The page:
Menu lock

environmental health

Nov 11, 2014

5 comments

Many thanks to Dr Rosalie Schultz, member of Doctors for the Environment, for this piece regarding the latest developments regarding “fracking” in the Northern Territory.

Dr Schultz writes:

I recently spoke on behalf of Doctors for the Environment Australia to the Commissioner on the Inquiry into Hydraulic Fracturing in NT, Mr Allan Hawke. This Inquiry was established in April 2014 to provide information to the NT government on a range of issues related to hydraulic fracturing “fracking”. It will report by the end of 2014.

Meanwhile, fracking is already underway in NT and continues as the Commissioner conducts the Inquiry.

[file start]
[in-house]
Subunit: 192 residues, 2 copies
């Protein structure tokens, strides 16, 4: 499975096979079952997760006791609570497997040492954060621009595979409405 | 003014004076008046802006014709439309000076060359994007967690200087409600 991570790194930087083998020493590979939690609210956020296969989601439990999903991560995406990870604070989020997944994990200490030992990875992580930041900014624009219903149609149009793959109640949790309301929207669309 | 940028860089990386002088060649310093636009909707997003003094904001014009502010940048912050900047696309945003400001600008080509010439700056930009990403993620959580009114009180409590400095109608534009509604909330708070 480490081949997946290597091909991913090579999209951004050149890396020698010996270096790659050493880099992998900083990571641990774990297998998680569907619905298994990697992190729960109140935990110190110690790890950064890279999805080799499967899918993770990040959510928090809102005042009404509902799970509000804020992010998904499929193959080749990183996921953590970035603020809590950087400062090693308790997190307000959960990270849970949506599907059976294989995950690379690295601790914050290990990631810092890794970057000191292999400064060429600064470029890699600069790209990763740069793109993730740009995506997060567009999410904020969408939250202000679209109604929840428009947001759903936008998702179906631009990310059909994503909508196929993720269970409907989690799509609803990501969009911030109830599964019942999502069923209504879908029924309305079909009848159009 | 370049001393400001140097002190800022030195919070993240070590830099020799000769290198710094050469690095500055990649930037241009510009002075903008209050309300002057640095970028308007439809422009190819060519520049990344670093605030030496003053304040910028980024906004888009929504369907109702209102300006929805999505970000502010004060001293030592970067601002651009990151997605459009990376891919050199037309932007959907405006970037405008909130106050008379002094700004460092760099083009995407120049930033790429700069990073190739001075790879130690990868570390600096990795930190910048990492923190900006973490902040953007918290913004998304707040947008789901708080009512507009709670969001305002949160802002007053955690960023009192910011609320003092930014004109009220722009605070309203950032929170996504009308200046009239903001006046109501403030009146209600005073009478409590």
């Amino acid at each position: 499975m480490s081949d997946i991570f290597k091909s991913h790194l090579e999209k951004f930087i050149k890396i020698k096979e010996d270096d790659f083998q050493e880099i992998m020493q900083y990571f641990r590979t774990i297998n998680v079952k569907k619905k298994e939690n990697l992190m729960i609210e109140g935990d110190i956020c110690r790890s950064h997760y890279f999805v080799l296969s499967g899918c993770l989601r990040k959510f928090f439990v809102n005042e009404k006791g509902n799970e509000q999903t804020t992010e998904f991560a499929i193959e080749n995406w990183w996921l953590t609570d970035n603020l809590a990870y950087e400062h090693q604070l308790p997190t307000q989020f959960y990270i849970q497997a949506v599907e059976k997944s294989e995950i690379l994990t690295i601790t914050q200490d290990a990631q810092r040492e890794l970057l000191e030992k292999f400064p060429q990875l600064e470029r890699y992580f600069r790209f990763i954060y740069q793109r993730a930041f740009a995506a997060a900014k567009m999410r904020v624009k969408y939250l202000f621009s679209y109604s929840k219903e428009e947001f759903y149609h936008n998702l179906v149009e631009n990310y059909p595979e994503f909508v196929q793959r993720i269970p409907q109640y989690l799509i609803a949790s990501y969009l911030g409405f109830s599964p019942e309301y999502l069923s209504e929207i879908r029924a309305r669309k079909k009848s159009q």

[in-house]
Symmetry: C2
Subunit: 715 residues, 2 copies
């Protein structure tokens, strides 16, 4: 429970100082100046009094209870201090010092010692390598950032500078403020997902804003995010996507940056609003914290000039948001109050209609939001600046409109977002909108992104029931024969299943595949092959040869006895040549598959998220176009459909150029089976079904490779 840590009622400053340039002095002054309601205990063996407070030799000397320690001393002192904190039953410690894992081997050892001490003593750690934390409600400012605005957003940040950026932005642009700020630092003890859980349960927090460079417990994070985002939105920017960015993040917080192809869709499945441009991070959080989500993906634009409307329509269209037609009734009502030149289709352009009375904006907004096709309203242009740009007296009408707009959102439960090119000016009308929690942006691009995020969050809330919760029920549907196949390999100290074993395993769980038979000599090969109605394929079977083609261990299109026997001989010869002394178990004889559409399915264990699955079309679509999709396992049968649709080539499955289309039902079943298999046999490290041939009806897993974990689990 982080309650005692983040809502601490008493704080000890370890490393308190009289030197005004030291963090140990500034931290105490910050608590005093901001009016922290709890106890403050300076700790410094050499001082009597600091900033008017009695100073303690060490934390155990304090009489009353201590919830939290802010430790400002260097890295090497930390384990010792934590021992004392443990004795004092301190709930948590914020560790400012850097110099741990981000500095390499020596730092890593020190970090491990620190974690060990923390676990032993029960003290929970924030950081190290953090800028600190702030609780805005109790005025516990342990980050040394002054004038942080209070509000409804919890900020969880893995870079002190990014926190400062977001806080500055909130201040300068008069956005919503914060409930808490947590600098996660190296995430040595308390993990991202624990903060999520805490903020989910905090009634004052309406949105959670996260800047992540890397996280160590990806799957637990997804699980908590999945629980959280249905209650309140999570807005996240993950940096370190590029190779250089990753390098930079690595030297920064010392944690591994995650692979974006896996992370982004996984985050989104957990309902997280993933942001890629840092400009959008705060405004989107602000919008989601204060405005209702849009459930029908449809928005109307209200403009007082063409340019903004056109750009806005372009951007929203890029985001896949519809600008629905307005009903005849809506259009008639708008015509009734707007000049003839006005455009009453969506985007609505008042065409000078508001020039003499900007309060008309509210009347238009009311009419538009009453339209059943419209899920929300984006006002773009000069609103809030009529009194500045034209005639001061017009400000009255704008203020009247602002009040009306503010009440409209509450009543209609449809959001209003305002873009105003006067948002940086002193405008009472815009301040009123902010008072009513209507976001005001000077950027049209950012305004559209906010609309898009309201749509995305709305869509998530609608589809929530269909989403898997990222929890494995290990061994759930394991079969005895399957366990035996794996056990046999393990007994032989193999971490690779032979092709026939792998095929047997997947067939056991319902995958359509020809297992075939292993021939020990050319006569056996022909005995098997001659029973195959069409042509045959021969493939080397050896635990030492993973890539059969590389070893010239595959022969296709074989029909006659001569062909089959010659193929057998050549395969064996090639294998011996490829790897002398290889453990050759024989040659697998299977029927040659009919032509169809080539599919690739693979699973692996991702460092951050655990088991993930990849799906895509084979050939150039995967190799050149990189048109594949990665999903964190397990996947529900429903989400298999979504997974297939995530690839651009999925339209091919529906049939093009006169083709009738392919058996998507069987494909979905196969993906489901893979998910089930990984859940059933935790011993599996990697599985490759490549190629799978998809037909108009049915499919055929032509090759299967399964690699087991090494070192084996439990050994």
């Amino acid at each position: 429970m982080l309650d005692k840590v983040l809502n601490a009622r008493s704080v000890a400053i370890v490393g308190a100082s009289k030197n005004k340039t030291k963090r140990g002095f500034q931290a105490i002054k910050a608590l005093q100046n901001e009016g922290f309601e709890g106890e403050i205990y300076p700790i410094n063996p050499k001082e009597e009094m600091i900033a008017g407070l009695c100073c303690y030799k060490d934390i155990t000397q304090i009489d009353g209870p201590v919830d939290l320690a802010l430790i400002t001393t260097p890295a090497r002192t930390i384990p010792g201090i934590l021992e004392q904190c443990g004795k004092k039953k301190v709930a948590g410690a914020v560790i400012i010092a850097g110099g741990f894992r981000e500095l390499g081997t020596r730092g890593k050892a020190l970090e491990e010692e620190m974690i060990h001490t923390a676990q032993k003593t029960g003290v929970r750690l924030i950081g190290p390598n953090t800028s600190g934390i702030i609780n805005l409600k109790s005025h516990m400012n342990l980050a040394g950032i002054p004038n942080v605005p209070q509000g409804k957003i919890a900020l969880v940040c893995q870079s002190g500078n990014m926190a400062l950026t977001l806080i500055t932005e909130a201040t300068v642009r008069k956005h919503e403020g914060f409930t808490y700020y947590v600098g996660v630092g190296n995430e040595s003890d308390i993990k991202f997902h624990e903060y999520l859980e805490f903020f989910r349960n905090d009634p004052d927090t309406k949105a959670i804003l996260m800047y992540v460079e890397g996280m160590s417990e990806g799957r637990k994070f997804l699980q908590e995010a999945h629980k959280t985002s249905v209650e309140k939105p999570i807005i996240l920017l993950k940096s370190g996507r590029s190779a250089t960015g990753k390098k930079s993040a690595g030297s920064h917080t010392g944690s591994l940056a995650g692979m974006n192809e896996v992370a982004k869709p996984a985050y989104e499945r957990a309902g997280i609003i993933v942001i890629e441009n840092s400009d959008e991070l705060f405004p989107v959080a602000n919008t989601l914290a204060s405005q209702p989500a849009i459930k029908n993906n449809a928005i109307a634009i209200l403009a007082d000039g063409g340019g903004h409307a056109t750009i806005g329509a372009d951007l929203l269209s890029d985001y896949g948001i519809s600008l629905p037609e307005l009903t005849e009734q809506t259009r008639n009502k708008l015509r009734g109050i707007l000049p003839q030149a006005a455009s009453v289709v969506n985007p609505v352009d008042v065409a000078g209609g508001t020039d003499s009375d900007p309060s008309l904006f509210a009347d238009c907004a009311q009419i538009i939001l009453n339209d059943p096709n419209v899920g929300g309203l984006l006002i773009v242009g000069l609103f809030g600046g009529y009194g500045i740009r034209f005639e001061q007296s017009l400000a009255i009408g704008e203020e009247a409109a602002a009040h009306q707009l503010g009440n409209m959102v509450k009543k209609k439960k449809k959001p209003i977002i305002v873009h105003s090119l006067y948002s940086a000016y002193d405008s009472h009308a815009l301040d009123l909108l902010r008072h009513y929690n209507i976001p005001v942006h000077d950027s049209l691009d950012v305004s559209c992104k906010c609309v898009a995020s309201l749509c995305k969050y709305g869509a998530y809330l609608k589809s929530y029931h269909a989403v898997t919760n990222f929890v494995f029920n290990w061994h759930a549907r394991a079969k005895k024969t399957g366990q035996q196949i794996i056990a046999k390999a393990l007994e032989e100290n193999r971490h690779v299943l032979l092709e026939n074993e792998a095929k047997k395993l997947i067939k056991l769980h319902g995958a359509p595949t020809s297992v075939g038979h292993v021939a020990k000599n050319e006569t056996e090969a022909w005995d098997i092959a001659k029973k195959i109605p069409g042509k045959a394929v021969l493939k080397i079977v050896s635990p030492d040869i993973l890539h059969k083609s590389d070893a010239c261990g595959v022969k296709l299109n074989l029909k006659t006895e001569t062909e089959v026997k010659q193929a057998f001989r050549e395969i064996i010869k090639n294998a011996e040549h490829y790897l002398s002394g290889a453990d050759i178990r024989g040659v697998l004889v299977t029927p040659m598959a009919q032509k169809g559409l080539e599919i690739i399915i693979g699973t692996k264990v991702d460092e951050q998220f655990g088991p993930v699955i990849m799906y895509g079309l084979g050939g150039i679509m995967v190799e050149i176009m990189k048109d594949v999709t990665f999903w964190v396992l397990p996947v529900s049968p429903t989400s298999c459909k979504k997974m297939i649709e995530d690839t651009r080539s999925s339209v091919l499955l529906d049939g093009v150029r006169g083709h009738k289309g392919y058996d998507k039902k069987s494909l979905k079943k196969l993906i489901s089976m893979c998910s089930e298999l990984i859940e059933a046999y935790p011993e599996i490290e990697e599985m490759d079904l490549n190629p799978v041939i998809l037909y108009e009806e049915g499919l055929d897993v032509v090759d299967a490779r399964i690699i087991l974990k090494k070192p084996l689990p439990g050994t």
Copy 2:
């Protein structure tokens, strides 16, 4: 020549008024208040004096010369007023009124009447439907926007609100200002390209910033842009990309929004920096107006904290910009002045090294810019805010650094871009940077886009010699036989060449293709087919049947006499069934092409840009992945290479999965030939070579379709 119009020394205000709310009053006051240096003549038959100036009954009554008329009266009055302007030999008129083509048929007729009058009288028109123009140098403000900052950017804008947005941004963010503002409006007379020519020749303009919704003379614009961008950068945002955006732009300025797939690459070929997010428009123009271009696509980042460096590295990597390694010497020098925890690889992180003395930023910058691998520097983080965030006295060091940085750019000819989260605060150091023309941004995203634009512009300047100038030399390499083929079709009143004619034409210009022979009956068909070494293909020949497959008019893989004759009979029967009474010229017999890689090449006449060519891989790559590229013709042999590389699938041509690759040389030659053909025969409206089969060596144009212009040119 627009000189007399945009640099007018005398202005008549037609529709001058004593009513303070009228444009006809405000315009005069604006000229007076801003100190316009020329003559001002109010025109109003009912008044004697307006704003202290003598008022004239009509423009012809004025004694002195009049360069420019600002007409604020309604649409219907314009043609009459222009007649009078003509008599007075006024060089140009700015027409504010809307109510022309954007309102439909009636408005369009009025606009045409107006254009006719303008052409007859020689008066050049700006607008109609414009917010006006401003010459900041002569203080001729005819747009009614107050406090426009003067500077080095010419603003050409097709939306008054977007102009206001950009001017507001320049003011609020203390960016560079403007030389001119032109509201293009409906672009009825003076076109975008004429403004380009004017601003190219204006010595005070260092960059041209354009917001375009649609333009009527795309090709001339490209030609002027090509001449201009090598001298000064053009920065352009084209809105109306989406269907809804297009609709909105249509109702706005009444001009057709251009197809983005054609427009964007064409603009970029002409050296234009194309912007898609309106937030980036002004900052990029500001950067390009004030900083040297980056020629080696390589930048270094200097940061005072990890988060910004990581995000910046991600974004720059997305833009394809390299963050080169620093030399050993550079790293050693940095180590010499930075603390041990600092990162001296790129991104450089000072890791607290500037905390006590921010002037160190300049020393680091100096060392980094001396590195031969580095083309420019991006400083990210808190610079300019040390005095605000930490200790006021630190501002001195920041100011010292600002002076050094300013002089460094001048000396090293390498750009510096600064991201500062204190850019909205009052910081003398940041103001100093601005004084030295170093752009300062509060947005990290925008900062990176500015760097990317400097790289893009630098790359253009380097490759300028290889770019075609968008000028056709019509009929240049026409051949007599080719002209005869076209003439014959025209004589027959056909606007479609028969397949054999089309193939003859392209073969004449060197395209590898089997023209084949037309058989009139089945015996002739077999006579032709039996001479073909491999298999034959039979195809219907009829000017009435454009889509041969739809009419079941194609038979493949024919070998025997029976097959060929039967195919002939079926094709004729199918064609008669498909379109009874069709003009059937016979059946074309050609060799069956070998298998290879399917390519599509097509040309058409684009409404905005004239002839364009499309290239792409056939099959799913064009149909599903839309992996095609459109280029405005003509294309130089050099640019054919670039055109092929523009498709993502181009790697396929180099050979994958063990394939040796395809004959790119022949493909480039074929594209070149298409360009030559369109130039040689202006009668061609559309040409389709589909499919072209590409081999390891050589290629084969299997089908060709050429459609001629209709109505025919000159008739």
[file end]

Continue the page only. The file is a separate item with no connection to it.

Doctors for the Environment Australia (DEA) is an independent, self-funded, non-government, health advocacy organisation of medical doctors in all Australian States and Territories. Our members work across all specialties in community, hospital and private practices. We work to minimise public health impacts and address the diseases – local, national and global – caused by damage to our natural environment.

Northern Territory is quite different from the states of Australia. The population is 200,000  – less than one per cent of Australia. Aboriginal people make up one third of Northern Territorians.

Most Aboriginal Territorians live in remote communities, where they have lived since before time was measured. The land and landscape are the attractions of the NT. They attract the Aboriginal people, tourists and travellers whose visits outnumber locals, and non-indigenous Australians who make NT their home.